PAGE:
CLAREMONT, Calif. — When I first saw the work of the Guerrilla Girls in high school, I had a similar reaction as when I first read Linda Nochlin’s “Why Have There Been No Great Women Artists?”: ashamed that something so obvious had to be laid out for me. Of course, societal norms prohibited women from pursuing their artistry to the fullest extent possible in the past, but now, I’d thought, things were different: female artists had solo shows at major museums, and powerful women worked as gallerists, curators, journalists, and tastemakers. But there’s something about seeing the black-and-white numbers presented by the Guerrilla Girls, usually in the form of accessible posters, that’s eye opening and enraging. It’s one thing to have a gauzy concept of past wrongs and present progress, quite another to know just how much the status quo is still upheld today.
Guerrilla Girls: Art in Action at the Pomona College Art Museum, curated by Benjamin Feldman, a Pomona senior and the Josephine Bump ’76 curatorial intern, is a small but potent look at the confrontational posters and publications created by the feminist group. Started in 1985 by an anonymous cluster of critics, artists, academics, and museum workers, the Guerrilla Girls have made a long career of critiquing the art world’s male- and Caucasian-centered focus. While the exhibition would benefit from wall labels dating each poster, its setting in an academic context has undoubtedly exposed many students to the continuing existence of troubling imbalances in museums, galleries, and publications.
The statistics outlined in the works are staggering. A 1985 poster reports that the average woman artist earned one-third of what the average male artist earned, while another, from as recent a year as 2011, announces that fewer than 4% of artists in the Metropolitan Museum’s modern art section are women, but 76% of the nudes are female. The colorful 2007 mock tabloid Horror on the National Mall!, originally presented in the pages of the Washington Post, lists jaw-dropping numbers: at the time, the creators of art on view at the National Gallery of Art were 98% male and 99.9% white; respective numbers at the National Portrait Gallery, the Hirshhorn Museum, and the American Art Museum and Renwick Gallery were not much better.
A work I’d never seen before, “Token Times” (1995), cut close to the bone despite the fact that it’s 20 years old. I texted a picture of it to a few of my female art world friends and got laughing exclamations of recognition in response to the poster’s tongue-in-cheek descriptions of entry-level art world jobs for women. Months before, we’d sent around a New York Times article with statistics for the low numbers of female museum directors, underlining how few women work their way up from entry-level museum jobs into the upper administrative echelon. As detailed in the article, a 2014 report by the Association of Art Museum Directors found that only 24% of institutions with budgets over $15 million have female directors, and these women make 29% less than their male counterparts. In addition, just five of the thirty-three museums with budgets over $20 million have female directors.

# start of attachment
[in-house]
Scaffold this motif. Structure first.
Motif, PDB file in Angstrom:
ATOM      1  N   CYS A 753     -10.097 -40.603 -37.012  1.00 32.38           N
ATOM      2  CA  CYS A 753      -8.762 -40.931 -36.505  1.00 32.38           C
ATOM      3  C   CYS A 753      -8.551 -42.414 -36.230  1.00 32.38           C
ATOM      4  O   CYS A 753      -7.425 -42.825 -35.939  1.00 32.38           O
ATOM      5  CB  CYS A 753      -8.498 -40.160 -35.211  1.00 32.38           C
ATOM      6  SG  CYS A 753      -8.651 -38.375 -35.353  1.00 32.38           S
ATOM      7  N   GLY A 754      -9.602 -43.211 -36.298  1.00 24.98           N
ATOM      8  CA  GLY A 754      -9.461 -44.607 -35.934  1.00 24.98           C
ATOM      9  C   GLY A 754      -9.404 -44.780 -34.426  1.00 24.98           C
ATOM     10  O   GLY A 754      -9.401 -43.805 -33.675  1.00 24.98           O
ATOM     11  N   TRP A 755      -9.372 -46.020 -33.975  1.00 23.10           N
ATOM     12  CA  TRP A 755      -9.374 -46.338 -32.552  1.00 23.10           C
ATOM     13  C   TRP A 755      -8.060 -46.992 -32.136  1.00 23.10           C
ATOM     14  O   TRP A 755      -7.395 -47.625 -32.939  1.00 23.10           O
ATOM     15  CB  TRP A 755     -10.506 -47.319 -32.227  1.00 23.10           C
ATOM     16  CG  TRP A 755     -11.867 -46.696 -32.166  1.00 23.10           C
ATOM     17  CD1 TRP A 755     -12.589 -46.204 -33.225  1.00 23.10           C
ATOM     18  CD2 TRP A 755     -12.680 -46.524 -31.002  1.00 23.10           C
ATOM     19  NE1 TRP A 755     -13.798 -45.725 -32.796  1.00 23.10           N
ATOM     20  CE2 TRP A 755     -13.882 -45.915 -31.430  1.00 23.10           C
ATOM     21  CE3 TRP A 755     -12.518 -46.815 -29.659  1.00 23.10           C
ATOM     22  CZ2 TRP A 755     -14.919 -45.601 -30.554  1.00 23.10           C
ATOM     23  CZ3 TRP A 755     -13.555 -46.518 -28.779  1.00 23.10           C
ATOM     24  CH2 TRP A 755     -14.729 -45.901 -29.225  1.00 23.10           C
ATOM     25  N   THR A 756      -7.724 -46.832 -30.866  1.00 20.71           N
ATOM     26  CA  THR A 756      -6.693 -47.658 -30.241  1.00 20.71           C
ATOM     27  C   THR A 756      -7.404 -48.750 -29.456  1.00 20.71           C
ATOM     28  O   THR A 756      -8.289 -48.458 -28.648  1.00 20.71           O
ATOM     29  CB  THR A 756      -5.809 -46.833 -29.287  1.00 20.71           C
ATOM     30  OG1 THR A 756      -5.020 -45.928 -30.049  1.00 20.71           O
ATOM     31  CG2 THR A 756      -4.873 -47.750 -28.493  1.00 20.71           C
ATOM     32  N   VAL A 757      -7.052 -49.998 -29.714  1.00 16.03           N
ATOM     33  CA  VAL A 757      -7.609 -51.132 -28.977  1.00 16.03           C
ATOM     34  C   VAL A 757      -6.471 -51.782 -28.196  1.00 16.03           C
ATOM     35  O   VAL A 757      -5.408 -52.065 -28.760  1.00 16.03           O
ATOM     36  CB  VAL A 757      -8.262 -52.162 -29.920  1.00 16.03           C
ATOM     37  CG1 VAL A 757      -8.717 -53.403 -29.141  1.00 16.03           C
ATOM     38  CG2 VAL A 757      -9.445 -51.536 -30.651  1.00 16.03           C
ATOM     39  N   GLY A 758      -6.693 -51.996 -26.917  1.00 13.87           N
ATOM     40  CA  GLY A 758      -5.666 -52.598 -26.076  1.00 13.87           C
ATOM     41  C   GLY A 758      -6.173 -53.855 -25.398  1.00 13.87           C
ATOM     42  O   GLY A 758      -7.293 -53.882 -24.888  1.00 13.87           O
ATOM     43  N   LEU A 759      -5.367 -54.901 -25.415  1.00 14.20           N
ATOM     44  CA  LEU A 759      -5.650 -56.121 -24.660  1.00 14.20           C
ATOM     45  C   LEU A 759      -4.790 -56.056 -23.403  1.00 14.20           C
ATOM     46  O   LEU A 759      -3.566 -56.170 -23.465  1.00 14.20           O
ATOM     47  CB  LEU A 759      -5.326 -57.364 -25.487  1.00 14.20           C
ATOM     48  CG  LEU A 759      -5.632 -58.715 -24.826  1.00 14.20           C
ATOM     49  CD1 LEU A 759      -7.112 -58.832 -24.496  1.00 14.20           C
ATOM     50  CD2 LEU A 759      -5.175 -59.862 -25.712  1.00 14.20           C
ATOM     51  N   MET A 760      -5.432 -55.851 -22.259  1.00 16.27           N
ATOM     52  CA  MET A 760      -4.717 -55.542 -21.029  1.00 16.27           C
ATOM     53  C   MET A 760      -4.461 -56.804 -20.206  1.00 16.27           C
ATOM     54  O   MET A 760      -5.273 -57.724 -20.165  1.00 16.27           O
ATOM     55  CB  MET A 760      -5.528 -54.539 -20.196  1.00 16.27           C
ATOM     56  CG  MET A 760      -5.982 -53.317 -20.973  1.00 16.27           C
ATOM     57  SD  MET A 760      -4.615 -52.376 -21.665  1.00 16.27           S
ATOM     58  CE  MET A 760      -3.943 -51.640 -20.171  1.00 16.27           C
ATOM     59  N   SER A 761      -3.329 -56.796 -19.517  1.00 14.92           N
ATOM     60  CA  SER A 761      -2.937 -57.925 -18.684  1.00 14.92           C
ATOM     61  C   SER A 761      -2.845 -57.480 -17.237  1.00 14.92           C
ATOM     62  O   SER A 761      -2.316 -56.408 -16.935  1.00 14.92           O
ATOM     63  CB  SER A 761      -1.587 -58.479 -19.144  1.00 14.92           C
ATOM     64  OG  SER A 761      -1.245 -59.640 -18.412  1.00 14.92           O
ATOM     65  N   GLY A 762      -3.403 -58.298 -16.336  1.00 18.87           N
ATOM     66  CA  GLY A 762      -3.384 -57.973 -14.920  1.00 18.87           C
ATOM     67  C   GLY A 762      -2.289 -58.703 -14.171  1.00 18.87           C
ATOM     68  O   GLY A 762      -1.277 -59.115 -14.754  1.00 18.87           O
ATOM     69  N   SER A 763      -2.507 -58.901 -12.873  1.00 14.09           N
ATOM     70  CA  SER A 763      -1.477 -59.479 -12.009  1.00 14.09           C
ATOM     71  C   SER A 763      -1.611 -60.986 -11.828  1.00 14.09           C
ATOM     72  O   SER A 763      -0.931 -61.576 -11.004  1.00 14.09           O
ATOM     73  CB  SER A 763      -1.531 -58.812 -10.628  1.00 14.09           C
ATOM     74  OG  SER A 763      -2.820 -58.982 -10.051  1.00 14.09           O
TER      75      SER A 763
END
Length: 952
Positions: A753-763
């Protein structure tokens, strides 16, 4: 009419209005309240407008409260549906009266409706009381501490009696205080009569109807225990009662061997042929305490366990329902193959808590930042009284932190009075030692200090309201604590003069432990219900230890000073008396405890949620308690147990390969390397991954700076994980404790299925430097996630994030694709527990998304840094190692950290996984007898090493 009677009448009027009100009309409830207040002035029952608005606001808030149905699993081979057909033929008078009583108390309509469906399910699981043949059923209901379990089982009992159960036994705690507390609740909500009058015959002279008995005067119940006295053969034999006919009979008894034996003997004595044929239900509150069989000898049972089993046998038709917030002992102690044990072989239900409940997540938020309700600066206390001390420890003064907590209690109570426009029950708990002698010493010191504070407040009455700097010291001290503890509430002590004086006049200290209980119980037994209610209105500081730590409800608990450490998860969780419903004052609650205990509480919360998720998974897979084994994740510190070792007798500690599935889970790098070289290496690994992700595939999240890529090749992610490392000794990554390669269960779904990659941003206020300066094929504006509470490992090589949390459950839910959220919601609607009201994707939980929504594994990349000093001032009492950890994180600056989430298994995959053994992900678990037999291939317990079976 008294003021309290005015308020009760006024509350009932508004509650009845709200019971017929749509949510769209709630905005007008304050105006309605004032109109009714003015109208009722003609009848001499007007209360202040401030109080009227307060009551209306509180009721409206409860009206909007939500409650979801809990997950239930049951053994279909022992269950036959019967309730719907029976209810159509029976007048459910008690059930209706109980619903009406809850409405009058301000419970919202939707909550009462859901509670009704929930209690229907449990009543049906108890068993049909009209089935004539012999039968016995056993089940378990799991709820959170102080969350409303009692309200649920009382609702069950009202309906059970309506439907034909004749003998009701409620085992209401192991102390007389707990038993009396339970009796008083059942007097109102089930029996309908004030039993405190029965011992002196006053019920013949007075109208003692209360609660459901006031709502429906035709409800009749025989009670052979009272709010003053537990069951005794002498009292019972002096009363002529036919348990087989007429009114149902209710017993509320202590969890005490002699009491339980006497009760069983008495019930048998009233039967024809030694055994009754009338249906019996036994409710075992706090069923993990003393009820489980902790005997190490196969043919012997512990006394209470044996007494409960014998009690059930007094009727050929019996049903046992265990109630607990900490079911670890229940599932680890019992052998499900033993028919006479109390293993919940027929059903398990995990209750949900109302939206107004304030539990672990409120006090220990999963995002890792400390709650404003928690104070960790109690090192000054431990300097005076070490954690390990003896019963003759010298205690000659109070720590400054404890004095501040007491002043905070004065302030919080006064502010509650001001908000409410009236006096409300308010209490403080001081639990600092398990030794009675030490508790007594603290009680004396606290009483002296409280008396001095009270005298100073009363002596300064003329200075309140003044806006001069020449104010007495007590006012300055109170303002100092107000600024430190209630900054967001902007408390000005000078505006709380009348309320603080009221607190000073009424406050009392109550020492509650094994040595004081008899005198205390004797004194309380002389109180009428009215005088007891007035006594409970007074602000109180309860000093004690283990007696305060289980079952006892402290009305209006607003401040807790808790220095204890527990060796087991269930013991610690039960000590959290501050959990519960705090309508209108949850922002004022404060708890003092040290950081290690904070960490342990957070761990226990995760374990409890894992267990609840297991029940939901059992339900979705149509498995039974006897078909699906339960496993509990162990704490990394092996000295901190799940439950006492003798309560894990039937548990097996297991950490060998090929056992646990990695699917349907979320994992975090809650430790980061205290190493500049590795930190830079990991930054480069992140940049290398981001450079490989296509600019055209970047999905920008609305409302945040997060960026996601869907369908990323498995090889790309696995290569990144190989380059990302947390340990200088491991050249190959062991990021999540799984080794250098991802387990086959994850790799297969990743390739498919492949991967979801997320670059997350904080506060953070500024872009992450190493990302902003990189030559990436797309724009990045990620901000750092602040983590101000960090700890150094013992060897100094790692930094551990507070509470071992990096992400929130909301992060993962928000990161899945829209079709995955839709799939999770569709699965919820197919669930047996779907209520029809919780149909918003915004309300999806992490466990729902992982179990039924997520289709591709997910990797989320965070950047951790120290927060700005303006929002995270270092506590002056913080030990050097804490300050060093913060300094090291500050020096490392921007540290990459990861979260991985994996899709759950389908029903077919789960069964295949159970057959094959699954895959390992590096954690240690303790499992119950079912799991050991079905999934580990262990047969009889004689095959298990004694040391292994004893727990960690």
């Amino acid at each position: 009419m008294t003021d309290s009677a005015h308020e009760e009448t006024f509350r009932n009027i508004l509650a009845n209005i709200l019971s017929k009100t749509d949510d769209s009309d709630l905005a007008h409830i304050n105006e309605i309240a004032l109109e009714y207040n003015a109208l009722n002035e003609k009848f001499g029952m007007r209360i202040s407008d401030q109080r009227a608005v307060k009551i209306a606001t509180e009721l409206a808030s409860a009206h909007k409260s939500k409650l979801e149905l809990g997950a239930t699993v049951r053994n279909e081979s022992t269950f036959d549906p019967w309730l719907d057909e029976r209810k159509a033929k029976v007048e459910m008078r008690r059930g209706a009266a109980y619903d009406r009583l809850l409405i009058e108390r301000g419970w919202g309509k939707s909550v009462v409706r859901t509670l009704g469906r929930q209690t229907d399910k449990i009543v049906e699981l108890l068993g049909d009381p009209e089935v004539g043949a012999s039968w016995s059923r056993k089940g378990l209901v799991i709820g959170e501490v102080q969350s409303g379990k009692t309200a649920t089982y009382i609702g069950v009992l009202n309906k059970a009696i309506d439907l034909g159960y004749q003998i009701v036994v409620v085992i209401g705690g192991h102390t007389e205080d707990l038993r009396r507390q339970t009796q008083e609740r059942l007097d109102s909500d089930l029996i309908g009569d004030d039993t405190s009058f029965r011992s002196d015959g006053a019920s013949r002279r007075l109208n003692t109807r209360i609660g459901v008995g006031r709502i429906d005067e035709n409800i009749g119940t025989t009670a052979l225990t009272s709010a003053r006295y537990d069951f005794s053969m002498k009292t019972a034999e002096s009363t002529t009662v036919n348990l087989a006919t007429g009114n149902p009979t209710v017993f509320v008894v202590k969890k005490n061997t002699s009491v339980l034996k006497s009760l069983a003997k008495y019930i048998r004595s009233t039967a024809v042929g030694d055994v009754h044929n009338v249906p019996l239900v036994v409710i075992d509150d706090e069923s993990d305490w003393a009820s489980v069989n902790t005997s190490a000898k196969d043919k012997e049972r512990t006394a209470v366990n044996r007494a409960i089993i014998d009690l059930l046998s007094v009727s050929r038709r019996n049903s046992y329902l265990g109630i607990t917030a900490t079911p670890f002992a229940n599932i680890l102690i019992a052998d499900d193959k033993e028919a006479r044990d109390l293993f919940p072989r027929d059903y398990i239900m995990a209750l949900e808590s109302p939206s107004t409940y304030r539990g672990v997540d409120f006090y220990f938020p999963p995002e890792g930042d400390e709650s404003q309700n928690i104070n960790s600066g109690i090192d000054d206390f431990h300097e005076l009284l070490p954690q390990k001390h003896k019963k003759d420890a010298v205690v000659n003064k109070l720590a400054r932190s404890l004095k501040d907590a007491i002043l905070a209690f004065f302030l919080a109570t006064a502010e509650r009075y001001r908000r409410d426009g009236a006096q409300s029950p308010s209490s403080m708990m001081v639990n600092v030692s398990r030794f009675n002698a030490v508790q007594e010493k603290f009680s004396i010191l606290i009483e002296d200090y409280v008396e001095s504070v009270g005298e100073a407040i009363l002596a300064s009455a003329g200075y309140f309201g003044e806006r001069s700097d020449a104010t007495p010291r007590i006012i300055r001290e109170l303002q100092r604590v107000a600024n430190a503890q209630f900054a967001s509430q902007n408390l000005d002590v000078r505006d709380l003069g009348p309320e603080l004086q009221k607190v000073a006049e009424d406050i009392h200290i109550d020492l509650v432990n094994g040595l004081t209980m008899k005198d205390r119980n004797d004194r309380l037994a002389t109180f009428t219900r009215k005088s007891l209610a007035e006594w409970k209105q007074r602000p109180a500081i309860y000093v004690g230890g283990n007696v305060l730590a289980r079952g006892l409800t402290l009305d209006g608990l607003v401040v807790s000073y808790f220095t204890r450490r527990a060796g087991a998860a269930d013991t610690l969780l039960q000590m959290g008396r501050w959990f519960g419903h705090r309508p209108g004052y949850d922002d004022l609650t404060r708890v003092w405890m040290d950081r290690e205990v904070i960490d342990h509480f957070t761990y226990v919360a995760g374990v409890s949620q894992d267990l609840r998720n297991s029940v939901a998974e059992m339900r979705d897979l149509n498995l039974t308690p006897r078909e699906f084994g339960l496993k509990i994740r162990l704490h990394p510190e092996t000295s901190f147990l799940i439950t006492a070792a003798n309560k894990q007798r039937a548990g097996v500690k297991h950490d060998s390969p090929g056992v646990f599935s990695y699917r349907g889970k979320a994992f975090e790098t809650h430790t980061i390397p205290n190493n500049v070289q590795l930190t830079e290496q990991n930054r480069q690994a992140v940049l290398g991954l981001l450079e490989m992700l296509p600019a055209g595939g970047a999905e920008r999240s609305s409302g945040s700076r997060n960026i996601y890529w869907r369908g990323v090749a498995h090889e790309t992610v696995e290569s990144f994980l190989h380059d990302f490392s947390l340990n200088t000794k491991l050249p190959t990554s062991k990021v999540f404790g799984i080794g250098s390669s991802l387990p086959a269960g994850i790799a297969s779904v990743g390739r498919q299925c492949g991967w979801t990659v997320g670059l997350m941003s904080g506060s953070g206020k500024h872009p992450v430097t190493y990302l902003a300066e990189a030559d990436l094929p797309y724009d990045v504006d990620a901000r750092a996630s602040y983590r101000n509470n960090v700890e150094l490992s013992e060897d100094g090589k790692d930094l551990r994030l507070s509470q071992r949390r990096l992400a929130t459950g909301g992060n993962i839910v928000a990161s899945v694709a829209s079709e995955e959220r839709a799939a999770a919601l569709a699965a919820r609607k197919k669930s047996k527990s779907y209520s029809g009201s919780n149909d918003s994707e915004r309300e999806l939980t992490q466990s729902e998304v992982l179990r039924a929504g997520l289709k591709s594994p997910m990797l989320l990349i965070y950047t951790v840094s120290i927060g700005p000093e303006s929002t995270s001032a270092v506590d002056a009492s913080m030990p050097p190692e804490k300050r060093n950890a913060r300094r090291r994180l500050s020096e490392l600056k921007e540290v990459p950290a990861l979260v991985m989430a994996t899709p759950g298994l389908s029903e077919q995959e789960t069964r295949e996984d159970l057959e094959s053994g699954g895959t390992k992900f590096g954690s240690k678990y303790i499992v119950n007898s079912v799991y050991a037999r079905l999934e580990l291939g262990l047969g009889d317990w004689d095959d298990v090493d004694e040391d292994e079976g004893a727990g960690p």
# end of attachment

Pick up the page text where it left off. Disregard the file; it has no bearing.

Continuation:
One of the things that’s appealing about the Guerrilla Girls’ message and the way they broadcast it is that they make clear that everyone in positions of power in the art world bears responsibility for the current state of affairs and can work to improve the situation. It’s easy to think about exhibitions as discrete entities, awarded based on individual merit, timing, or popular appeal, but when one sees the slim numbers of solo museum shows awarded to female artists or their overall slice of gallery representation, the systemic nature of the problem comes into sharp relief. Curators, gallerists, academics, and writers of both genders and at all levels of the career ladder need to collectively work to better represent the demographics of the contemporary world.
The Guerrilla Girls regularly create new posters and host events, such as a program at Pomona in February in association with the show. For 2014 alone, their website lists performances, lectures, and workshops held at 15 venues, including the New York Art Book Fair, the Victoria and Albert Museum, the Google Cultural Institute, and various universities. Along with their identifiable graphics, which resist feeling dated due to their simplicity, the educational bent of the group is a key strategy — the more people are informed about the current situation through punchy graphics and memorable statistics, the more they will want to act upon the problem (hopefully).
As I was waiting to look at a few workbooks near the exhibition exit, I fell into conversation with two female college students curious about the origins of the group. Charmed by the accessible and stingingly funny books, they were shocked by the statistics and the continuing necessity of the group’s work today, just as I had been the first time I saw the Guerrilla Girls’ posters. This type of reaction speaks to the effectiveness of the Guerrilla Girls’ strategy, as outlined by the members themselves:
We try to be different from the kind of political art that is angry and points to something and says ‘This is bad.’ That’s preaching to the converted. We want to be subversive, to transform our audience, to confront them with some disarming statements, backed up by facts — and great visuals — and hopefully convert them.
Guerrilla Girls: Art in Action continues at Pomona College Art Museum (330 N College Ave, Claremont, California) through May 17.
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